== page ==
The Necessity Of Puddings : A Postscript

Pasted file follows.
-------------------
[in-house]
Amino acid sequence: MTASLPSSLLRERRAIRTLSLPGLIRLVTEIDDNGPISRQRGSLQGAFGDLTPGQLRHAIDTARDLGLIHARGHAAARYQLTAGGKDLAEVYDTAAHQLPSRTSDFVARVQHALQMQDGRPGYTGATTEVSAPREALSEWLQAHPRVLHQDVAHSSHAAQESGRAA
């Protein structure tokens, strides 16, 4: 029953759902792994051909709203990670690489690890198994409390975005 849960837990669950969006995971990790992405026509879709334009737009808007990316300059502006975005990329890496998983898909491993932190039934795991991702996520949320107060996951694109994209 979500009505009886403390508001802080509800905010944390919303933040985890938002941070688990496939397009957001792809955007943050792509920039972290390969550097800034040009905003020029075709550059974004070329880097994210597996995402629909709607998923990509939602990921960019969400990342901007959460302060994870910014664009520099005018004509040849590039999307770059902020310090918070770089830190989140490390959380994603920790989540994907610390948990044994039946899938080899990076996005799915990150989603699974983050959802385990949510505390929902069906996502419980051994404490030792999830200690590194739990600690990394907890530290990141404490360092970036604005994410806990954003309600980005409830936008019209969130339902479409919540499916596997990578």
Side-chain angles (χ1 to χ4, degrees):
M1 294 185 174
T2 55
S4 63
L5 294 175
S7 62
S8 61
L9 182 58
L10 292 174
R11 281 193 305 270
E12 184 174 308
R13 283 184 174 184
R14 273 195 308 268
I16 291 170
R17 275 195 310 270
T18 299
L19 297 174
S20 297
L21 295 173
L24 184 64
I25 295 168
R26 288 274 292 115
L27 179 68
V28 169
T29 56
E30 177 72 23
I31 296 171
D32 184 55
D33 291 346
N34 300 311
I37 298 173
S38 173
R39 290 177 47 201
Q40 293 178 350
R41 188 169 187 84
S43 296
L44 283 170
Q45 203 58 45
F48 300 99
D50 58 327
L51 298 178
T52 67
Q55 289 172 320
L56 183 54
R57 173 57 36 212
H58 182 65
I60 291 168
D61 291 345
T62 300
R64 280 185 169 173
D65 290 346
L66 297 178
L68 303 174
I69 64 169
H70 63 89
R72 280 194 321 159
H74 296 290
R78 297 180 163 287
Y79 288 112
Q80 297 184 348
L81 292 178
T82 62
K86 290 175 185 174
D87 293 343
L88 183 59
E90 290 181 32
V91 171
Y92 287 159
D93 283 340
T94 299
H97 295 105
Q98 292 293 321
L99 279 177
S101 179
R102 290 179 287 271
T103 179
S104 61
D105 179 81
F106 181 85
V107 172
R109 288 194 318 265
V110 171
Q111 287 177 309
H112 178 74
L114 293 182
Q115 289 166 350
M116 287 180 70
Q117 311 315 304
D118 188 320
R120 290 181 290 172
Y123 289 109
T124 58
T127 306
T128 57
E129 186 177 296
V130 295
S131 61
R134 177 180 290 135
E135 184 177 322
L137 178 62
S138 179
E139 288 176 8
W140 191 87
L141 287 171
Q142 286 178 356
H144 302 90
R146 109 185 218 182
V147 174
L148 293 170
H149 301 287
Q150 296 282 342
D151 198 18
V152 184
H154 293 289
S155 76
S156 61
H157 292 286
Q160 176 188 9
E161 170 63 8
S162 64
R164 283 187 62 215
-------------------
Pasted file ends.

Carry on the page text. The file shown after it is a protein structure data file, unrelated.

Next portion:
I wonder if it would be possible, given sufficient intellectual rigour, and pen and paper, and time, and a good library, and copious amounts of tea, to write a study of the poetry of Emily Dickinson demonstrating, without fear of contradiction, that the key to her work, the one overriding fact that, more than any other, gives us an insight into her singular genius, and allows us for the first time to see her whole, free of ambiguities and uncertainties, free too of the enigmatic patina that has accreted around her, like an enshrouding mist, so that we can at last take her proper measure, is the assertion, by her champion Thomas Wentworth Higginson, that she was able to connect, in her own mind, albeit timidly and suggestively, but nonetheless inextricably, for once we have heard it we ourselves cannot do the untangling, and thus the iron link or chain is now in our own heads, transmitted across the years from the brain of the Belle of Amherst, comets, and meteors, and puddings.

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